cartechboy cartechboy writes  |  about two weeks ago

cartechboy (2660665) writes "Racing games on Playstation are fun, but, ultimately, they aren't real. The difference between racing around a track on a TV screen and being behind the wheel of a real car on the asphalt is substantial—there's no reset button in real life. But Sony and Toyota have teamed up to blur that line with a new Sports Drive Logger device. It's a USB data logger that maps your real-world lines around your local racing circuit using the car's data systems and GPS positioning. Using satellite positioning, pedal depression, steering angle, gear selection, engine revs, and vehicle speed, the Sports Drive Logger replicates this data in Gran Turismo 6 on Playstation 3. You use this data in the game's telemetry screen, or watch a virtual representation of the laps you've just driven, and even compare that data against to your friend's data. If you're brave enough, you can compare your data to that of a professional driver's. Unfortunately this system is only available on the Japanese-spec Toyota GT 86 (a near-twin to the Scion FR-S and Subaru BRZ in the U.S.)—for now."
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Tesla: A Carmaker Or Grid-Storage Company?

cartechboy cartechboy writes  |  about two weeks ago

cartechboy (2660665) writes "Let's be real, the three Detroit automakers were skeptical of Tesla Motors, and rightfully so. But at this point, it's pretty hard to deny the impact this Silicon Valley automaker is having on the industry. Now there's a new question buzzing around: Is Tesla Motors actually a carmaker, or is it really just a grid-storage company? If you think about it, the company's stock price is too high for Toyota or Daimler to just buy it outright. So maybe Tesla's gigafactory will not only make batteries for its own electric cars, but it could also sell battery packs to electric utilities and others. In reality, the gigafactory could become its own separate company and just sell the battery packs to Tesla, and others. It could be a while, but is the future of electric cars and renewable energy more closely linked than people think?"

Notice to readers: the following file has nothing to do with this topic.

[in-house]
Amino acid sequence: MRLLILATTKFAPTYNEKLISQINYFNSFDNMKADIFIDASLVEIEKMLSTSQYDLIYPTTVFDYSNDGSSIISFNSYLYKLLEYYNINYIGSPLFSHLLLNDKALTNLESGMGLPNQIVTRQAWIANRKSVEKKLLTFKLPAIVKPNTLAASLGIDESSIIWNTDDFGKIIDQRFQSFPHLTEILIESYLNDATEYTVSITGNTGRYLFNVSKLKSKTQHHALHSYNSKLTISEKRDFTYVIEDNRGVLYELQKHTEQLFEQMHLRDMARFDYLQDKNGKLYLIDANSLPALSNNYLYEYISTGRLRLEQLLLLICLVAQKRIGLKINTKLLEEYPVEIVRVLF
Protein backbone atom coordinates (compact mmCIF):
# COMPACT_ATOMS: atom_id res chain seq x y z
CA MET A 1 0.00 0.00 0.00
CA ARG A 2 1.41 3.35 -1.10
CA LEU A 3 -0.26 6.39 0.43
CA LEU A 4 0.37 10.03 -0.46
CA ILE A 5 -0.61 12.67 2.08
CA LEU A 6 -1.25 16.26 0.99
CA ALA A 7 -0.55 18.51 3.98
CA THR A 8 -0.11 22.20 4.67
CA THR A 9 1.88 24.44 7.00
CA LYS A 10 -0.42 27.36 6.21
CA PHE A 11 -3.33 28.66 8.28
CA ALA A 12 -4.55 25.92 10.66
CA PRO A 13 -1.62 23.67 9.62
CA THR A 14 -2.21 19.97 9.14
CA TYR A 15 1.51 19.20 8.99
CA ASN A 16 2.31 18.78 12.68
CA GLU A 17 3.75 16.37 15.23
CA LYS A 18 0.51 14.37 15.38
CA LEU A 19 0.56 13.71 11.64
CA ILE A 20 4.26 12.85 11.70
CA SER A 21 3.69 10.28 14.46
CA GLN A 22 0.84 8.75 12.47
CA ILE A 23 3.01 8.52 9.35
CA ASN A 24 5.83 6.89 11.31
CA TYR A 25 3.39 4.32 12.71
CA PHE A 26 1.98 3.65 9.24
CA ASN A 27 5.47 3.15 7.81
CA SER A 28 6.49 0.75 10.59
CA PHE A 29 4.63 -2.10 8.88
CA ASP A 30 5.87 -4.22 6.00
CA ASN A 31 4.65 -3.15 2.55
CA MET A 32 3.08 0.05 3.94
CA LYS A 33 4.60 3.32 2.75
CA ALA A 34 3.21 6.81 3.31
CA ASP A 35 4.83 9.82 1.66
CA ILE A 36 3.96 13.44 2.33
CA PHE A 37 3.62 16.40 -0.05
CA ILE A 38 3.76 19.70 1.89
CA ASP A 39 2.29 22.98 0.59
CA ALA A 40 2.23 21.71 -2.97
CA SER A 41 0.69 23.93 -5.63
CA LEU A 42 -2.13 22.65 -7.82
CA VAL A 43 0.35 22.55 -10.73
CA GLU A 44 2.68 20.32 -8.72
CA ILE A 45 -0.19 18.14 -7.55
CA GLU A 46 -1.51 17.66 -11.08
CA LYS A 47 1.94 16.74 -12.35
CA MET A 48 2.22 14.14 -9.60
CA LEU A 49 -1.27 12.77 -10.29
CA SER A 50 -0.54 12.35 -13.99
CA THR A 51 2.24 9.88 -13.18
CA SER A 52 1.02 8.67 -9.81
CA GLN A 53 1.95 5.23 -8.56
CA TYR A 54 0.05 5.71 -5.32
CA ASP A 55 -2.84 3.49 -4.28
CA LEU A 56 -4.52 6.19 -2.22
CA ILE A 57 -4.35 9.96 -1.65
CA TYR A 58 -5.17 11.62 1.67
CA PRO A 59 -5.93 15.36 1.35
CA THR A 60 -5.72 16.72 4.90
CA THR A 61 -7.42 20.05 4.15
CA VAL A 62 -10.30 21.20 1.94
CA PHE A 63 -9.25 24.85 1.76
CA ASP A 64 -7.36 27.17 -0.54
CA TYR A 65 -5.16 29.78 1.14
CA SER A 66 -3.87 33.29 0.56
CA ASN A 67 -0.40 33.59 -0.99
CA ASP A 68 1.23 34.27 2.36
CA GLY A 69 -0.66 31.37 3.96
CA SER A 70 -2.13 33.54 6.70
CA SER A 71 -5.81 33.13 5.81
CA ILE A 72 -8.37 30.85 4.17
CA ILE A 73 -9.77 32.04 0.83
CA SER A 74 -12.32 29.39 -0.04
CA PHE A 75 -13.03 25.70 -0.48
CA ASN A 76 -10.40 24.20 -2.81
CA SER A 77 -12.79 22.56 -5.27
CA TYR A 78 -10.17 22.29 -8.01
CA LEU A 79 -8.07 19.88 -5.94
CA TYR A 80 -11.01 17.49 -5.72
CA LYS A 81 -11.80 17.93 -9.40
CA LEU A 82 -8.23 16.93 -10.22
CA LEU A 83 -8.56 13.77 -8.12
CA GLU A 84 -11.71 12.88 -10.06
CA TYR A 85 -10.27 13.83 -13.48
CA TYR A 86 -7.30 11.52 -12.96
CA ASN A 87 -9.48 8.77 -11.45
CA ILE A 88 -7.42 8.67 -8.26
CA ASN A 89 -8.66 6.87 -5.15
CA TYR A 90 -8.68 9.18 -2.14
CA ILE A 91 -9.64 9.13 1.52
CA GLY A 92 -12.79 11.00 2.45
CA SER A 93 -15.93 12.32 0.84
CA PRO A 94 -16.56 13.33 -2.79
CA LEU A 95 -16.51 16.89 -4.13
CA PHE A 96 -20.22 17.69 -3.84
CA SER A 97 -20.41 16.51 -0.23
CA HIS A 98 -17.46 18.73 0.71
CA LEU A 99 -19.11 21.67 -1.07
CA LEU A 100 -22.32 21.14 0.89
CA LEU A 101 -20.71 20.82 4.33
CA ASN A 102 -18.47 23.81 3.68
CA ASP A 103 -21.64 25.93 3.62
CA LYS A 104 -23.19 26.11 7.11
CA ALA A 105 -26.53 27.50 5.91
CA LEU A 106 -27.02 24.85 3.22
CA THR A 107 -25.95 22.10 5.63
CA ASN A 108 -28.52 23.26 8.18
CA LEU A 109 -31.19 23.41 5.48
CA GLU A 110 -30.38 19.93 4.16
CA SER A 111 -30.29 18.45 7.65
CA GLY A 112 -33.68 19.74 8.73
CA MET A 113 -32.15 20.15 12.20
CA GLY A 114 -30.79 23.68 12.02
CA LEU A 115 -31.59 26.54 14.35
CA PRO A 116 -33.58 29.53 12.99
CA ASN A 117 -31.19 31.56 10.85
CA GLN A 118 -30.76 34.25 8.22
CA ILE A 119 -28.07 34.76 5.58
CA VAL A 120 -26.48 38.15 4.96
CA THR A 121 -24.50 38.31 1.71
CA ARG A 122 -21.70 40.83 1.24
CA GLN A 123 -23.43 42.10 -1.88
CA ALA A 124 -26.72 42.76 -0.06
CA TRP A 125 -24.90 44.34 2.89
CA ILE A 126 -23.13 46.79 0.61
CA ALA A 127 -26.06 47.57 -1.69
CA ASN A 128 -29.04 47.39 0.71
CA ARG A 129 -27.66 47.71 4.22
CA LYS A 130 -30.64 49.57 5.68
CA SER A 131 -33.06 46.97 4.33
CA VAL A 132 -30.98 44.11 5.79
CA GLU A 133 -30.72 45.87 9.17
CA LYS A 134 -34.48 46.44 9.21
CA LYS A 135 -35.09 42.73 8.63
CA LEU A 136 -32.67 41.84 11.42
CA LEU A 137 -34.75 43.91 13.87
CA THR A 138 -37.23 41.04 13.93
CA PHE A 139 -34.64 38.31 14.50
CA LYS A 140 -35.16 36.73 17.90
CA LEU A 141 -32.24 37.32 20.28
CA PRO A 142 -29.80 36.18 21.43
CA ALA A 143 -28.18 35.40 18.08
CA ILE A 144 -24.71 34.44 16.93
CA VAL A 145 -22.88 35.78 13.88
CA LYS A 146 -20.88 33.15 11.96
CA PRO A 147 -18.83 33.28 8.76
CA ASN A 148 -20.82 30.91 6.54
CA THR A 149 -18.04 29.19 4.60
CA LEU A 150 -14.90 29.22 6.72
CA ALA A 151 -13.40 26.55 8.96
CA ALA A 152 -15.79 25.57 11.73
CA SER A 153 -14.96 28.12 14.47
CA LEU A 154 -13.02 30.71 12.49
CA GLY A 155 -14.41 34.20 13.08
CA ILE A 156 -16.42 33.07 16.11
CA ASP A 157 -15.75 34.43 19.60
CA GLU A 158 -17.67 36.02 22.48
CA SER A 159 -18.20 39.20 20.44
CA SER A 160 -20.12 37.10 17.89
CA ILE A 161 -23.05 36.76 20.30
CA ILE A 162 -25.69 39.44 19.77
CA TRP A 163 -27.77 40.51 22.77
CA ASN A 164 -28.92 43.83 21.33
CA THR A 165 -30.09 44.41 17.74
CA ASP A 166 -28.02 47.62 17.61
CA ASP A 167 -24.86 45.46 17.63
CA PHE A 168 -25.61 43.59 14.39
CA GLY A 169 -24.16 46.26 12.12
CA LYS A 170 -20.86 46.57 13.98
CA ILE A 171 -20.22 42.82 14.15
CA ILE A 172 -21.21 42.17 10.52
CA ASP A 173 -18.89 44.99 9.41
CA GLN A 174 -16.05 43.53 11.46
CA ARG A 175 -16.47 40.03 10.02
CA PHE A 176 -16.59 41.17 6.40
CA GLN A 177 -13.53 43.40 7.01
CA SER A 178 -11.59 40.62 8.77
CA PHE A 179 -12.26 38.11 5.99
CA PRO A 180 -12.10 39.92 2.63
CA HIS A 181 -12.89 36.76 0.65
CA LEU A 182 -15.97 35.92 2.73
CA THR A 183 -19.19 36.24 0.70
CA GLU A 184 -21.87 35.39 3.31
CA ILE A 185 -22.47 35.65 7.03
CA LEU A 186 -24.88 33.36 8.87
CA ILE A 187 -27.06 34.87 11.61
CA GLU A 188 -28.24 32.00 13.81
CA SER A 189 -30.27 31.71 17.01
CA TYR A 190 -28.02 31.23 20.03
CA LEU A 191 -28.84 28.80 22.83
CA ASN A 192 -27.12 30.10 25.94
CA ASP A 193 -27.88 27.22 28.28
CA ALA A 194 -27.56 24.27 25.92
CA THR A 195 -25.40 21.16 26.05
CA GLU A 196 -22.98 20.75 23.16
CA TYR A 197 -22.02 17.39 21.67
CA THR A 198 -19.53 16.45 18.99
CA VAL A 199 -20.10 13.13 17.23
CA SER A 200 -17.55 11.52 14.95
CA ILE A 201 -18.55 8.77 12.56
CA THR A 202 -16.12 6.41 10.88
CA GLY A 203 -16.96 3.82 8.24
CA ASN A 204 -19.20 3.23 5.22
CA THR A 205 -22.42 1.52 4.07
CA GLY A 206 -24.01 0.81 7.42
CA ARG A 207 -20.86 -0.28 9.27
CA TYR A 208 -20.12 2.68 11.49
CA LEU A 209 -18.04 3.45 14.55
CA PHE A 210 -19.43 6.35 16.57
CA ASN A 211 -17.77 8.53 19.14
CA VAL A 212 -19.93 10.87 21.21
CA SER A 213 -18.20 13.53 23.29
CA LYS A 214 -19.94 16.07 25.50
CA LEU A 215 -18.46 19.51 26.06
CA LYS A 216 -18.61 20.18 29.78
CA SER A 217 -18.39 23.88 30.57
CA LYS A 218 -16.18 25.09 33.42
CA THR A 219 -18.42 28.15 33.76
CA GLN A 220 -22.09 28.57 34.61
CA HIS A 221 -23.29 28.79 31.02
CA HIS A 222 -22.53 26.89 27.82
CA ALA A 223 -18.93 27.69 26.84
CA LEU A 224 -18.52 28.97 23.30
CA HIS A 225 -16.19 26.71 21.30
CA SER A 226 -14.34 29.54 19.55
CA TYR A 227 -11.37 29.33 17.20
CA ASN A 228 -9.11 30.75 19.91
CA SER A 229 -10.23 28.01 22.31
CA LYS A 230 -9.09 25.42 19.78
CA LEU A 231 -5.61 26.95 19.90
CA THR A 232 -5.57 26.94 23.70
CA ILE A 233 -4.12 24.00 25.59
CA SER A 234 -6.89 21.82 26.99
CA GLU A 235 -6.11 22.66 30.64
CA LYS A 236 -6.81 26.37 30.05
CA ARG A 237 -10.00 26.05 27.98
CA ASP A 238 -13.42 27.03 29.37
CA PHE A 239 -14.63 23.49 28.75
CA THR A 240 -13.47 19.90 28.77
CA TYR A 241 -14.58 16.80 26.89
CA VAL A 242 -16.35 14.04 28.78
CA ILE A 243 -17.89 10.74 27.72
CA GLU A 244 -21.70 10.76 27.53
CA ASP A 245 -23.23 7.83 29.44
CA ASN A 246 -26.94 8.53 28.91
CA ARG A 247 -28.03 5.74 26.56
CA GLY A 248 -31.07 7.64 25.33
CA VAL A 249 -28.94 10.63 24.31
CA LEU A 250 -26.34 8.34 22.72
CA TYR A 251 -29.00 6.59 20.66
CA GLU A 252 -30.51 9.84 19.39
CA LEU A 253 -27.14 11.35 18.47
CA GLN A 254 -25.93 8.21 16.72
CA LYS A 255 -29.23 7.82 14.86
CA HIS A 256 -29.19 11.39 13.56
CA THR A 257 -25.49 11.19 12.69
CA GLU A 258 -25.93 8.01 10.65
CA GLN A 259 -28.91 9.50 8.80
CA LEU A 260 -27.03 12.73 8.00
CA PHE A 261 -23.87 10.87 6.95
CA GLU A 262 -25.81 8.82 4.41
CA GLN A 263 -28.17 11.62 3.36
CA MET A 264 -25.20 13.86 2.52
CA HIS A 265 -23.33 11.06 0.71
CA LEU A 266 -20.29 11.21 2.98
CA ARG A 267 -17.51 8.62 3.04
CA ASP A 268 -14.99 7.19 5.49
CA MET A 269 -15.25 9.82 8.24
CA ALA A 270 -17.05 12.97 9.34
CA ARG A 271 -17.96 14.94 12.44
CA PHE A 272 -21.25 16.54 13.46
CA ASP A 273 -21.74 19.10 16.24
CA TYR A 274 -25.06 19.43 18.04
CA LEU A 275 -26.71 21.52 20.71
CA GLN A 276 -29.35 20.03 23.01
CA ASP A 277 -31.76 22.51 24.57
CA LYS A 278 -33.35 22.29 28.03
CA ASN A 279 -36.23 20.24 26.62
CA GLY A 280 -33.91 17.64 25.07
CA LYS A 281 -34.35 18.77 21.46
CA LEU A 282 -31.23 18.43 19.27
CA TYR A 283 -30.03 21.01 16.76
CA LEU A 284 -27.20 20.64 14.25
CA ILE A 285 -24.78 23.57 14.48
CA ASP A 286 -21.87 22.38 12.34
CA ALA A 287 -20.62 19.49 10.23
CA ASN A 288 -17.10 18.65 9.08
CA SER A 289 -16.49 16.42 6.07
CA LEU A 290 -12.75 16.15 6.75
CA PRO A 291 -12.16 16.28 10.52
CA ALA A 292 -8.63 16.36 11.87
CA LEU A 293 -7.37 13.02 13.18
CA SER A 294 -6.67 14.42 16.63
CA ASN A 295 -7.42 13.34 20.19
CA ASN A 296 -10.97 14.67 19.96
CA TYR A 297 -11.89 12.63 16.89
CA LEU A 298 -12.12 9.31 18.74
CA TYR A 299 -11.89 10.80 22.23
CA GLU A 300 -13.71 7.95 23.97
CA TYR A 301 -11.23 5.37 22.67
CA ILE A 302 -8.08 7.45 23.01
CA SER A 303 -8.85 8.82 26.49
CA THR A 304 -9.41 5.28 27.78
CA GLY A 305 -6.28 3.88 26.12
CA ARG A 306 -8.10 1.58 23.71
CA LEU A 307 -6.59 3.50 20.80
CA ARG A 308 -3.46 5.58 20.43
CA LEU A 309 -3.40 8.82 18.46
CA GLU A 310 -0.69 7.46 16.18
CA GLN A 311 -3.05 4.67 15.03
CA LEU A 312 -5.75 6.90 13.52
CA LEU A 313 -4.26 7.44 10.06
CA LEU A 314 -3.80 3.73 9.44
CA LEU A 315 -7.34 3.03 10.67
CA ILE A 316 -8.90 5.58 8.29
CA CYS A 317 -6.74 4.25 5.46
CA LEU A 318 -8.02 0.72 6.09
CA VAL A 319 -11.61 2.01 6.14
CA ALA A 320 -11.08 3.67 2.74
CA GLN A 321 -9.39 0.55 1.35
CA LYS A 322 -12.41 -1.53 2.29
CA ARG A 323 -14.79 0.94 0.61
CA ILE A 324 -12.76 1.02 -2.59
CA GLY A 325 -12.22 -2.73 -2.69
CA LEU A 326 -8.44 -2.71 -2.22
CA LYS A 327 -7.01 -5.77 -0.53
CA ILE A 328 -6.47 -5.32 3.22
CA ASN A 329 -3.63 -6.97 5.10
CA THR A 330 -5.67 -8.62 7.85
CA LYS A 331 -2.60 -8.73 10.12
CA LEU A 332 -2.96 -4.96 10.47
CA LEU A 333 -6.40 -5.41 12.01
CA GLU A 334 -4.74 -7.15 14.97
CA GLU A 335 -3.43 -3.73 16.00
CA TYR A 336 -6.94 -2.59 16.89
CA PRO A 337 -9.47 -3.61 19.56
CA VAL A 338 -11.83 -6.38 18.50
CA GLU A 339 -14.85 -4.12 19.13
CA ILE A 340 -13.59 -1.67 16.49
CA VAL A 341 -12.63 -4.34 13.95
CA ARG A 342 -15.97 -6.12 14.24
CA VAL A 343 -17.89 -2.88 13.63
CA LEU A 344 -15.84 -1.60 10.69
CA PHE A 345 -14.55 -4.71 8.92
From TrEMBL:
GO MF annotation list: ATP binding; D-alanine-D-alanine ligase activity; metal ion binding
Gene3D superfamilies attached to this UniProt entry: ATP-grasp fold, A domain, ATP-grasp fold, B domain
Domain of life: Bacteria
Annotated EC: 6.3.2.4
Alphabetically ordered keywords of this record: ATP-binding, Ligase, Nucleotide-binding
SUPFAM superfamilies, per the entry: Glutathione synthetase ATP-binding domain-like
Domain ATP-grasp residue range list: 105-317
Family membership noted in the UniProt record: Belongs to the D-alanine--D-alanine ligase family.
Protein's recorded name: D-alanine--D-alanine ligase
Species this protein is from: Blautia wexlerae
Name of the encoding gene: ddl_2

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Microsoft Just Unveiled Its CarPlay Competitor

cartechboy cartechboy writes  |  about two weeks ago

cartechboy (2660665) writes "In some form, Microsoft has actually had a grasp on in-car infotainment systems for a while with Ford's MyFord Touch and the SYNC system. But we recently learned that Ford's dumping Microsoft for Blackberry's QNX platform. That's fine, Microsoft doesn't seem to care as it just unveiled Windows in the Car. If you're thinking this smells like Apple's CarPlay system, you'd be right. This is a direct competitor to Apple's ecosystem. Windows in the Car is still in development, so there really aren't any details, yet. But a demo video was shown which gives us a sense of how it might look. It really does look like CarPlay and Android for cars do. Pair your smartphone and voila, the system integrates seamlessly. Hilariously, the system crashed during the demo, but the presenter quickly notes it's a beta build. The question is: Can Microsoft be a big player in this segment?"